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Poll Dancing
Dwight Worden | Del Mar Councilmember

The city contracted with EveryoneCounts to do what we were loosely calling an online “advisory vote” on the City Hall options. I, for one, championed having it be as close as possible to a real ballot. No one, including EveryoneCounts, raised the issue that online voting is not allowed in California for real “elections” including advisory votes.

We got a letter from the Secretary of State’s office objecting, advising that online “elections” are not legal. Shortly thereafter I got a call from a Pam Smith at the local chapter of Verified Voting, a state-wide organization that opposed online voting considering it to be unsecured and risky. She objected to our proposed “vote” because it was going only to registered voters, even if we called it a “poll.”
In response to the Secretary of State letter, city staff revised all our language changing references from “vote” to “poll.” City staff checked with the Secretary of State office to see if this was sufficient, and advised the council that this resolved the problem.

Because Verified Voting still objected, I advocated at a Council Meeting that we consider adding stakeholder groups beyond registered voters, for example, business owners, not because it was required but because we might want to know the opinion of these other stakeholder groups. I asked legal counsel about the Verified Voting claims, and we were advised, that it was a “policy choice.” The law would allow us to limit the audience to registered voters or to expand it to include other groups. The consensus was to limit those polled to registered voters in Del Mar.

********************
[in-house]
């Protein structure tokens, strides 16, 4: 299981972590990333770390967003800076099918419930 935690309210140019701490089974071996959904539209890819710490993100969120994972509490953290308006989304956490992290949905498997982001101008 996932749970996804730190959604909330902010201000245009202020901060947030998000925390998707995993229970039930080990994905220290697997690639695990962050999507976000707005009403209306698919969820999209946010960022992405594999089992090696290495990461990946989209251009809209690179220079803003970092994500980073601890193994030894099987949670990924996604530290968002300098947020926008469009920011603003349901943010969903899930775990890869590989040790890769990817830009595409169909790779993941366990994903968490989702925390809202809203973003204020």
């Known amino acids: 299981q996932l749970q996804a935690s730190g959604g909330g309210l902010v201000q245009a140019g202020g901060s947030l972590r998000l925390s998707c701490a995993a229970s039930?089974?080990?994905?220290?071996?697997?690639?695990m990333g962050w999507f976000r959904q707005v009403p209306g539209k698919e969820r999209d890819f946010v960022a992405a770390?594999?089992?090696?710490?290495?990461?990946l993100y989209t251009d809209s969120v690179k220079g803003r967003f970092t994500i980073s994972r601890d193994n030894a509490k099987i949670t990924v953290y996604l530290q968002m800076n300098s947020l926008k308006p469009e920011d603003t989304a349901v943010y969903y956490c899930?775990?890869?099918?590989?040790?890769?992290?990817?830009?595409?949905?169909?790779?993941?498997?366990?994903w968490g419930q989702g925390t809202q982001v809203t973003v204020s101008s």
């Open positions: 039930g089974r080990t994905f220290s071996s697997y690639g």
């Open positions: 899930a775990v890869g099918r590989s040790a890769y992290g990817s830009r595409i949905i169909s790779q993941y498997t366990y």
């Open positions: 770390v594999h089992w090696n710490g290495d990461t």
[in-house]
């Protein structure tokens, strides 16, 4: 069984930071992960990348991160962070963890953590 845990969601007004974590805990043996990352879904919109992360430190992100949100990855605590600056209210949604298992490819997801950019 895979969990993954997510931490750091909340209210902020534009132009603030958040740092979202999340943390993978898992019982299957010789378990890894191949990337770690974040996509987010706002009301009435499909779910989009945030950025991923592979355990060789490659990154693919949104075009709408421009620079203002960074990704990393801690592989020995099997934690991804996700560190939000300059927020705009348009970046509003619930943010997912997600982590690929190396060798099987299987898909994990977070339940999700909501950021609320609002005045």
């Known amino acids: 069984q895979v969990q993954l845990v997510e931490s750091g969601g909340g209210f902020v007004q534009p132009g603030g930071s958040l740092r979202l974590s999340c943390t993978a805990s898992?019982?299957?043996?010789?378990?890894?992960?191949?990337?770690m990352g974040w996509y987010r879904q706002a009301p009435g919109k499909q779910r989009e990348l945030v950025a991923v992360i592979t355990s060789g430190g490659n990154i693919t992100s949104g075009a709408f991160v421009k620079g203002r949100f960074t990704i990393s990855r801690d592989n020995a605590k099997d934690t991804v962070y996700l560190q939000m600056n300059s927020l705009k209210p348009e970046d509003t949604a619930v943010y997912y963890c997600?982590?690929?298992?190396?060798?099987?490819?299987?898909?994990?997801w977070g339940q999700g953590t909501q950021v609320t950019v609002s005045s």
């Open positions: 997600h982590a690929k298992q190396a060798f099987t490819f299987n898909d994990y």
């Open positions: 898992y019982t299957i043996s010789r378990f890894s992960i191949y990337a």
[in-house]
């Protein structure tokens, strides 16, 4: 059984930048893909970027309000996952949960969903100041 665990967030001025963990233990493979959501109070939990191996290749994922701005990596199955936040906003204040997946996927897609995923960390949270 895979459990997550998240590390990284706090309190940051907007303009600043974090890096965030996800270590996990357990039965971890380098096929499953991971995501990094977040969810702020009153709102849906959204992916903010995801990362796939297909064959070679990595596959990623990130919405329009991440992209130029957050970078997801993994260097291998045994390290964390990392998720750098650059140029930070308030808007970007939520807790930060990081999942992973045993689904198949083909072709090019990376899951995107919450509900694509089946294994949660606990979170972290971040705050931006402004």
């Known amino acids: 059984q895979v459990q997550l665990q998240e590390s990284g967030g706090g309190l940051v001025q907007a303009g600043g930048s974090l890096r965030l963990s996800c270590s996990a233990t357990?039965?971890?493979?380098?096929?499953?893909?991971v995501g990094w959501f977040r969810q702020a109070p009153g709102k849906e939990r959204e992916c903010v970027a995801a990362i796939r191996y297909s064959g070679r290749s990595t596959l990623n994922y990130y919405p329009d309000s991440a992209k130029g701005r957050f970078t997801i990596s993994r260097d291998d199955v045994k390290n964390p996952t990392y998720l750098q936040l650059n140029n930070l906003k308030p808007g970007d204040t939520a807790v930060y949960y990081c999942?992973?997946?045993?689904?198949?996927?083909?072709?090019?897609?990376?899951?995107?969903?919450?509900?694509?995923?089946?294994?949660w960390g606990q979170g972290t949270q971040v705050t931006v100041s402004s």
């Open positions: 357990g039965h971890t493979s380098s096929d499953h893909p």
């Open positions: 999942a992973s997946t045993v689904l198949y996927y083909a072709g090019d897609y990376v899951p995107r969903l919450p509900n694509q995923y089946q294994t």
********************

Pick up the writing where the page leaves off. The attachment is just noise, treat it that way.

Then a surprise court complaint was filed seeking a restraining order to stop our process raising the same arguments. A hearing on the complaint was set for the following day, Friday.

The city’s lawyers worked the wee hours, consulted with Scott Huth by phone, and filed a response. At the hearing the judge heard the issues and ruled strongly in favor of the city, offering to allow for an immediate appeal, but the plaintiff lawyer declined. That seemed to be the end of it.  (more about the poll here)


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